Bomb-Proof You Say, but How?
I recently took my filly to her very first public outing and she behaved just as you might assume a 3-year-old would.
By Kailey Sullins, May 7, 2018
Sometimes when you're seasoning a horse it kind of feels like you're getting in shape to go to the gym. You know that feeling, like you have to bomb proof your horses before you can take them into public, which is actually contraditory because they have to be taken into public in order to become bomb proof. Nonetheless, we all have those feelings of nervousness or embarassment of our horses acting up in public - even if they are a colt. Nobody wants to have "that horse."
At some point you have to swallow your pride and just bite the bullet. You have to just jump off the cliff and put that young horse in a public situation and accept the fact that maybe your horse is going to be the worst behaved horse there that day. Maybe your horse is going to be the horse that sets back at the trailer when a kid comes running around the corner and spooks her (like mine did), or maybe your horse is going to be the horse that forces you to pretend you don't own the little filly that is whinnying and throwing a raging fit tied up to the trailer when her buddy is led away from her (like mine did), or maybe your horse will be the one that runs smooth over you, because she's too excited by all the noise and people whirling around her when you lead her up to the arena (like mine did), or maybe your horse will be the one that when the day is finally over and you've survived and all you want to do is get loaded up and home in one piece, she just seems to forget how to load in the trailer (like mine did).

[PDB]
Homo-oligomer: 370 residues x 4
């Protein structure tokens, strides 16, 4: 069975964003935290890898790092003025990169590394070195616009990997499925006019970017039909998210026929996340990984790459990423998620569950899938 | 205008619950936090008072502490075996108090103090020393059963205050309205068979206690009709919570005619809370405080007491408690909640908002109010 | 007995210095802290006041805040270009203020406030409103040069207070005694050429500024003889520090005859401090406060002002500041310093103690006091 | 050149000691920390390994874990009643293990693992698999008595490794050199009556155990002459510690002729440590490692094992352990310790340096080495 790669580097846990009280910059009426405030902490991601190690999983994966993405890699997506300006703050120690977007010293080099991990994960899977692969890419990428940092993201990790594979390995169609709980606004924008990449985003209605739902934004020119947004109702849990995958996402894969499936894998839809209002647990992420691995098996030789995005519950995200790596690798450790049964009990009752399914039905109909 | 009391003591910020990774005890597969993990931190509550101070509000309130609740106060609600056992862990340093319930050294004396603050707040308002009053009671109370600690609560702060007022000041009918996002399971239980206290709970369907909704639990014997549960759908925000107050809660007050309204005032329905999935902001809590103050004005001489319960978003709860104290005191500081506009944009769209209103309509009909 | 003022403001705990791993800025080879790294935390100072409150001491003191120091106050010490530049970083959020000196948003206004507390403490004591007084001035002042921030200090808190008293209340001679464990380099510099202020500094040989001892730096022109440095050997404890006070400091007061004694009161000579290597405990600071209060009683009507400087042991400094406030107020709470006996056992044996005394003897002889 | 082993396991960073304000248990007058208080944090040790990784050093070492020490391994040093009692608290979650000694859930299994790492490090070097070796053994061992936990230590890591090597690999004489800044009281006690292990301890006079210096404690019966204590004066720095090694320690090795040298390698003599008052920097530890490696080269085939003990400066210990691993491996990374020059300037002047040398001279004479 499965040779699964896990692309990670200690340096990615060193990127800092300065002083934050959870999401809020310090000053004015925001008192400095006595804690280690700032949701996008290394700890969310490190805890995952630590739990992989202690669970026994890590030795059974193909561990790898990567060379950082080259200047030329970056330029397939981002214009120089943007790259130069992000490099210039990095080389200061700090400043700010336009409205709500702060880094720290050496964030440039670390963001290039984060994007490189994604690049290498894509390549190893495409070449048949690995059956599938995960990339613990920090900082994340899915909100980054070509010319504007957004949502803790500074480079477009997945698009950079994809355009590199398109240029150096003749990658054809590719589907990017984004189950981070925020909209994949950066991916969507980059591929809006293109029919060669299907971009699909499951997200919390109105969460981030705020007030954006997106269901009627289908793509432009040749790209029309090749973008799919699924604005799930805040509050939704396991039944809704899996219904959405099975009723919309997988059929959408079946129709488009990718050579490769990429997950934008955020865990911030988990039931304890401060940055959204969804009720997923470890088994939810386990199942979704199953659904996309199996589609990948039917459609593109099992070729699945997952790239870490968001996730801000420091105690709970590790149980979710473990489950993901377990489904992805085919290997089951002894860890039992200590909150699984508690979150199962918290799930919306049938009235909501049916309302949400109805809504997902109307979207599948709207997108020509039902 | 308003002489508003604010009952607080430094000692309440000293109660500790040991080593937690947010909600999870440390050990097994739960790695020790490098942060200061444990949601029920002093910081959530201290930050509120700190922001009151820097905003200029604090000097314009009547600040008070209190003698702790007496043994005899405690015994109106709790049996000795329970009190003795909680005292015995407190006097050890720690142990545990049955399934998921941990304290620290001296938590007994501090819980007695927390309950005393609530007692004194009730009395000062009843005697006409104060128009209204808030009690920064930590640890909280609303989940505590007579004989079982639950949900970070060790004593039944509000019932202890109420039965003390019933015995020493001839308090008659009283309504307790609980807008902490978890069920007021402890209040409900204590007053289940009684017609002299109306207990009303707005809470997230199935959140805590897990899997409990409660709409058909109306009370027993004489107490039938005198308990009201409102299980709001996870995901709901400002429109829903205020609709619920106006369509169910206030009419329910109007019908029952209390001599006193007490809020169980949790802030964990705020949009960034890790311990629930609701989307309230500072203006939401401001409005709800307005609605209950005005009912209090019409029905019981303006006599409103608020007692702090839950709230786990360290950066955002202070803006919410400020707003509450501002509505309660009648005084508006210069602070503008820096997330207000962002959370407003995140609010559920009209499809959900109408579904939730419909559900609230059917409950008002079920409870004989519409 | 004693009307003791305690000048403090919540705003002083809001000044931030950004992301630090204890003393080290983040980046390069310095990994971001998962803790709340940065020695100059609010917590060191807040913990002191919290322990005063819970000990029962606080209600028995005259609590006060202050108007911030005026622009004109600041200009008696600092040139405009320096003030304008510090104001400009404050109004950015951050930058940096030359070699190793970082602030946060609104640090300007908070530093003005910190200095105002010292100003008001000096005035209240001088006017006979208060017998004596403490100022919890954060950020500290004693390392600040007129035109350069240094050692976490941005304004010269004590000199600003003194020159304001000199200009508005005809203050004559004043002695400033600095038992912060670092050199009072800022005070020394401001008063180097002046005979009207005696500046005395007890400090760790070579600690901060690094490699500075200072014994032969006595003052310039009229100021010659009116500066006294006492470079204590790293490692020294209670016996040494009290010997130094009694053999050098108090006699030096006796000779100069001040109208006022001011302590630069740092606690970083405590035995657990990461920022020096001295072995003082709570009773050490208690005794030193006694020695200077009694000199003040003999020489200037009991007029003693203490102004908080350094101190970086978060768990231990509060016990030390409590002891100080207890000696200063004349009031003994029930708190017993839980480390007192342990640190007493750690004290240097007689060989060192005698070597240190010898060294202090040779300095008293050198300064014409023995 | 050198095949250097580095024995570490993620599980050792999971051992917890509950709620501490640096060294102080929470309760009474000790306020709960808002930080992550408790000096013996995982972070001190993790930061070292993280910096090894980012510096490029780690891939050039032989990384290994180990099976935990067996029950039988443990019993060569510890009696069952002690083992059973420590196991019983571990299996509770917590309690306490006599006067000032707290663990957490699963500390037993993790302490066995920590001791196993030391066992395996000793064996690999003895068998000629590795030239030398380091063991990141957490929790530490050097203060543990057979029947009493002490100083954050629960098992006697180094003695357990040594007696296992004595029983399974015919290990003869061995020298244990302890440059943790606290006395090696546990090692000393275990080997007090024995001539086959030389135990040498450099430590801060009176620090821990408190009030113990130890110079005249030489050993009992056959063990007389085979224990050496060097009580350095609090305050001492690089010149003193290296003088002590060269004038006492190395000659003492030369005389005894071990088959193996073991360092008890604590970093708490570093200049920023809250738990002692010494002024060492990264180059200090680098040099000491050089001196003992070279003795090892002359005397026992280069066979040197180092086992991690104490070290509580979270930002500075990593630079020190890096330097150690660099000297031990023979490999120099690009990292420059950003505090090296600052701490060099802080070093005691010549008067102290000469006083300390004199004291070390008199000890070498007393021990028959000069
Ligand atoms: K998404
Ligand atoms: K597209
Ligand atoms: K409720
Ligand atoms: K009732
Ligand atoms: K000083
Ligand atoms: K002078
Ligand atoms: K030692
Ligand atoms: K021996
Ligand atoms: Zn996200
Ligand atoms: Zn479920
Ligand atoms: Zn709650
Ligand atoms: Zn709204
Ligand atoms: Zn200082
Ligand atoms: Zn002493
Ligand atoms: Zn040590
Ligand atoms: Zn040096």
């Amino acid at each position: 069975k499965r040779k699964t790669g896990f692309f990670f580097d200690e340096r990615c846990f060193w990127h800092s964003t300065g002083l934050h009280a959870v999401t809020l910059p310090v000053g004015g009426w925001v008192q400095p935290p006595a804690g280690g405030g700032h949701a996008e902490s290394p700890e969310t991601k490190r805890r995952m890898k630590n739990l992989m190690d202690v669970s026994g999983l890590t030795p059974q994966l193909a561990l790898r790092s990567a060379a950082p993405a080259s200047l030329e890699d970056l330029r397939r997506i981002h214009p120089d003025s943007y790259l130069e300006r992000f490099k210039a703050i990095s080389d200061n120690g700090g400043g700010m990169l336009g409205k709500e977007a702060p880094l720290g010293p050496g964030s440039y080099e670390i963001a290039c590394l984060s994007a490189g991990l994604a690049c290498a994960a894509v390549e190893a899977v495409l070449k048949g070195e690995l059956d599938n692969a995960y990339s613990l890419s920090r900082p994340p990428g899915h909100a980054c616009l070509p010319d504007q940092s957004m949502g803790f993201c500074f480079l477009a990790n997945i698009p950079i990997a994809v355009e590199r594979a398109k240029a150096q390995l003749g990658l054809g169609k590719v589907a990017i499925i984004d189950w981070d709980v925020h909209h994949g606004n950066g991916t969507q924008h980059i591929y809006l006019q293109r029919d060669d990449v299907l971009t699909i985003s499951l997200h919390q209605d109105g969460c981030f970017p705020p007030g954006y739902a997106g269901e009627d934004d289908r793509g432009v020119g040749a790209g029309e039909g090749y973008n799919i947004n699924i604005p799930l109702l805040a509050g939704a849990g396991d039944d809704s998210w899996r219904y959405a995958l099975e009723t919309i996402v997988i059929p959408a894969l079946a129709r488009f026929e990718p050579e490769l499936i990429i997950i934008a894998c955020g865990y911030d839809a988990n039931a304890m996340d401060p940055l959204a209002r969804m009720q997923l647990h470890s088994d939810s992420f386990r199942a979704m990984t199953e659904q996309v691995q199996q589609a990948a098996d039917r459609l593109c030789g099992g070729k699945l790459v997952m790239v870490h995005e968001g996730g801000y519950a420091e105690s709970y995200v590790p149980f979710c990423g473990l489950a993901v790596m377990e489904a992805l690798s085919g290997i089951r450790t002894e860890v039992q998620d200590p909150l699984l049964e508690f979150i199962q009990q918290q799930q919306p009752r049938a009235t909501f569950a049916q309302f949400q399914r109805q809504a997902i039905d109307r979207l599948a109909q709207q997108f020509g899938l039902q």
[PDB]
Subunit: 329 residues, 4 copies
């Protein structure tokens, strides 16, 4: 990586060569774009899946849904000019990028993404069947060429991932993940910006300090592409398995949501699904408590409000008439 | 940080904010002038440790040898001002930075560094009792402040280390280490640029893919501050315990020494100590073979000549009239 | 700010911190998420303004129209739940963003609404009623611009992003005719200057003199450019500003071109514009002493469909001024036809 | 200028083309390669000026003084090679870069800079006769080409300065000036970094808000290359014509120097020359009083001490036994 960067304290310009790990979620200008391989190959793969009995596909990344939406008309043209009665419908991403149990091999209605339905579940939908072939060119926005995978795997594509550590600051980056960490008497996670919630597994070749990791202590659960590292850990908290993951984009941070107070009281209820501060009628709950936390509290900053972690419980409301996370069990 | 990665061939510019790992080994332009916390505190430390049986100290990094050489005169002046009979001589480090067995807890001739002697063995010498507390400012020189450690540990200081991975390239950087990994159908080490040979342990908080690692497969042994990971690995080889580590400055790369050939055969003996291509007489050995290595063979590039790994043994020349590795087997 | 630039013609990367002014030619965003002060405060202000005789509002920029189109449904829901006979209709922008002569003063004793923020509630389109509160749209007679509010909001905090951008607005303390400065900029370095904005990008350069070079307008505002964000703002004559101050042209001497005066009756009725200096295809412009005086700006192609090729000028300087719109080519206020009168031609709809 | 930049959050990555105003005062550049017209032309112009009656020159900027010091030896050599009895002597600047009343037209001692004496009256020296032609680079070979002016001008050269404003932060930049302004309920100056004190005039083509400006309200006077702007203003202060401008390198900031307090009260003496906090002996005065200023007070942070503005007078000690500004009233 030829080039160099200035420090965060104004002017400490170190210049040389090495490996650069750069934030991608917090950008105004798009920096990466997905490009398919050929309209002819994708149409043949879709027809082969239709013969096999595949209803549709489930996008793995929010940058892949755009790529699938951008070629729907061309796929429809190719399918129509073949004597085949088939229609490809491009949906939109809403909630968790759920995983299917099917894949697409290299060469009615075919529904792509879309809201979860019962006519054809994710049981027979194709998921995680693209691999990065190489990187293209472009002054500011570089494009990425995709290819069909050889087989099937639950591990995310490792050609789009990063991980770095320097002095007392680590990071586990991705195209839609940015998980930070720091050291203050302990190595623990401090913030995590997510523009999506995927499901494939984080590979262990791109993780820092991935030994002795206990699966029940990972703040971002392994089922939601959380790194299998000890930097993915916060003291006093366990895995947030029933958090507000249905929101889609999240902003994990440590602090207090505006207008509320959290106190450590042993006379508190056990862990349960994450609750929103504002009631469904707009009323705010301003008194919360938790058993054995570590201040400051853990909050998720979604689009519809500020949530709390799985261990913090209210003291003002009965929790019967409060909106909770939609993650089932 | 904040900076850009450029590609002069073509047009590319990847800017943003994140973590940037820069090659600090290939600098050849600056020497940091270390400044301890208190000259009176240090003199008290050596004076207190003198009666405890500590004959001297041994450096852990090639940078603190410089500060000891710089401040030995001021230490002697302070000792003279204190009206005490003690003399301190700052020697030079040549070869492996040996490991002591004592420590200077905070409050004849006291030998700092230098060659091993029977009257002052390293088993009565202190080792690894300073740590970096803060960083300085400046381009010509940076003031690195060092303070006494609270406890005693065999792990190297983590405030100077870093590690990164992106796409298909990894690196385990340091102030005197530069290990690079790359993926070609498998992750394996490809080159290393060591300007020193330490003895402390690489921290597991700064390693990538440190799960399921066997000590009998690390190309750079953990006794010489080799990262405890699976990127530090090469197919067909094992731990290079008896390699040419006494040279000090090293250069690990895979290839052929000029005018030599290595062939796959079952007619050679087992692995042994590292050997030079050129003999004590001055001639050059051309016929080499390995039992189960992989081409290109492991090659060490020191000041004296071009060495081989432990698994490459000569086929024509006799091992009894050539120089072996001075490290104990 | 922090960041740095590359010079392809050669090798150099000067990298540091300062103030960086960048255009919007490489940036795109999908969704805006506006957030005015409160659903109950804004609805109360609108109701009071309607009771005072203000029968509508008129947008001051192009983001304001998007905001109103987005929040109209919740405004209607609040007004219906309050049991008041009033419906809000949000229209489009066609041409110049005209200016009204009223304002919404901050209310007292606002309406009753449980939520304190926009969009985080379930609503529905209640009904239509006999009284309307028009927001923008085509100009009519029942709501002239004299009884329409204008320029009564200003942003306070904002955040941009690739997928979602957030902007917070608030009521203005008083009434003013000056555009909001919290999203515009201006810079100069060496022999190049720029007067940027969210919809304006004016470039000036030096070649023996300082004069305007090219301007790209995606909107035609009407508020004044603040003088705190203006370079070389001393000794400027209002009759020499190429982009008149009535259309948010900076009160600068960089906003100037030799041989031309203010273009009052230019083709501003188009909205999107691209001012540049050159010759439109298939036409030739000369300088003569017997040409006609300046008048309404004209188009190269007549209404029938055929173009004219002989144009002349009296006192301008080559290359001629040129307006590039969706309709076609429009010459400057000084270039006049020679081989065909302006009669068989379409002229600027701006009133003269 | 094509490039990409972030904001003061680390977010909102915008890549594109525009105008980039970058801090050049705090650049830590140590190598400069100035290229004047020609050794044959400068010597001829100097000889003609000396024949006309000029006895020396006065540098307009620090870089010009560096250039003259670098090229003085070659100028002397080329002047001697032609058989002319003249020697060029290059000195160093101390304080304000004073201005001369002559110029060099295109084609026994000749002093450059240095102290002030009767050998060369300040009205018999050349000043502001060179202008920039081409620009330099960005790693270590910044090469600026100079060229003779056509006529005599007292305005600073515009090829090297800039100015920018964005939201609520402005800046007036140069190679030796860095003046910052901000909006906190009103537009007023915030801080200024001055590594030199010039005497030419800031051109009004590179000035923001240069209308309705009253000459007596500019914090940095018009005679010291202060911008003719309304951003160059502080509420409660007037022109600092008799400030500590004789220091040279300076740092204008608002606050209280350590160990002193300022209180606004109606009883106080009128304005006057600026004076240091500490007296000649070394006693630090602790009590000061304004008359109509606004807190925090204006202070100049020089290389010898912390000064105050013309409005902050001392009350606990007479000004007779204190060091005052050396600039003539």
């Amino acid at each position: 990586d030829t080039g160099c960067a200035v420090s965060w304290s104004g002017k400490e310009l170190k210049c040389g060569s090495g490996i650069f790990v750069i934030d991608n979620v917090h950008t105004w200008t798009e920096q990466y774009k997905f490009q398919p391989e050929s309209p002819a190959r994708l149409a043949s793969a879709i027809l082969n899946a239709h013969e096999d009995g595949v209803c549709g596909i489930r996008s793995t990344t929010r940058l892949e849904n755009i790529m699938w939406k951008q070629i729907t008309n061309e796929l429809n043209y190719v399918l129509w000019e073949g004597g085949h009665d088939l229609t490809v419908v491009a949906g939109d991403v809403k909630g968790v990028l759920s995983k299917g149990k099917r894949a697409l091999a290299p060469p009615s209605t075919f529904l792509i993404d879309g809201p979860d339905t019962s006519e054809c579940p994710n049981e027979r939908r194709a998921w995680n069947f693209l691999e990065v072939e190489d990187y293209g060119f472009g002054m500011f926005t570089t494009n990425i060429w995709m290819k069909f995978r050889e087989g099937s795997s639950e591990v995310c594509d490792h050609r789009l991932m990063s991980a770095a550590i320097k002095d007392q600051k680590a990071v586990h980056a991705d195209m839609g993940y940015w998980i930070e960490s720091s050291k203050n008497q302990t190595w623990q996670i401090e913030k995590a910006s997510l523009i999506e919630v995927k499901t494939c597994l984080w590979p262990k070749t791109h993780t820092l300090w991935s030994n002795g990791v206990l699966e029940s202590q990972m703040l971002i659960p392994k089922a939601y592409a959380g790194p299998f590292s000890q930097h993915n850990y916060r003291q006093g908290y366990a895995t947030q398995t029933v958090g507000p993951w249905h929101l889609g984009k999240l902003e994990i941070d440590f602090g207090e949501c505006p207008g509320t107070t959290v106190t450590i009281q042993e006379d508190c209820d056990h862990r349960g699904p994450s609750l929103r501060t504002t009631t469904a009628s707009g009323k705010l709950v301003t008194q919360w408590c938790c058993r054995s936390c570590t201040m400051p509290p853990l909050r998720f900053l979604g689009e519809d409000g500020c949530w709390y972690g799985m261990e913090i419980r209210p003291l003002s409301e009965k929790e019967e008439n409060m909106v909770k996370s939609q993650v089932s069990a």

Either way, when you're seasoning a horse you'll just have to take that leap and hope for the best, and when the worst happens, find solitude in the fact that one day she won't be a raging idiot, but from your hard work and often times embarrassing moments she'll be a broke and respectful member of society. Until then, you'll just have to take your knocks the hard way like everyone else. You're not alone, I promise! One thing to which I can attest is that even through those embarassing moments, we had shining moments where Kitty finally calmed down, ate hay from her hay bag and stood tied to the trailer like a good ole rodeo horse... it just took a little patience on both hers and my part.
Until next time,
Kailey Sullins is the managing editor of Barrel Horse News. She joined the BHN team in 2014 and has enjoyed being apart of a team dedicated to not only the barrel racing industry, but the equine industry as a whole.
Kailey grew up in rural Oklahoma where her family owns and operates a cow-calf operation in the small town of Red Rock. Rodeo was a family affair around her place and as such her love of horses began at an early age. Growing up Kailey competed in junior, high school, college and amateur rodeo competing in barrel racing, pole bending, team roping and breakaway roping. After graduating from Oklahoma State University with a bachelor’s degree in agricultural communications with a double major in animal science, Kailey began pursuing her career in journalism.
Currently, Kailey lives in Texas with her 14-year-old mare, 3-year-old filly and a 3-year-old black-tri Australian Shepherd named Macy. When Kailey’s not on assignment for BHN or working in the Fort Worth office she can be found training her filly, spending time with Macy or competing in breakaway roping with her mare in professional and amateur rodeos in Texas.
"What Do We Do Now?" is a blog series written by BHN's managing editor Kailey Sullins and associate editor Blanche Schaefer, where they discuss the struggles, joys, and rewards of training young barrel prospects as amateurs juggling full-time jobs, all from a real-life perspective. Read more at barrelhorsenews.com under the "Blogs" tab.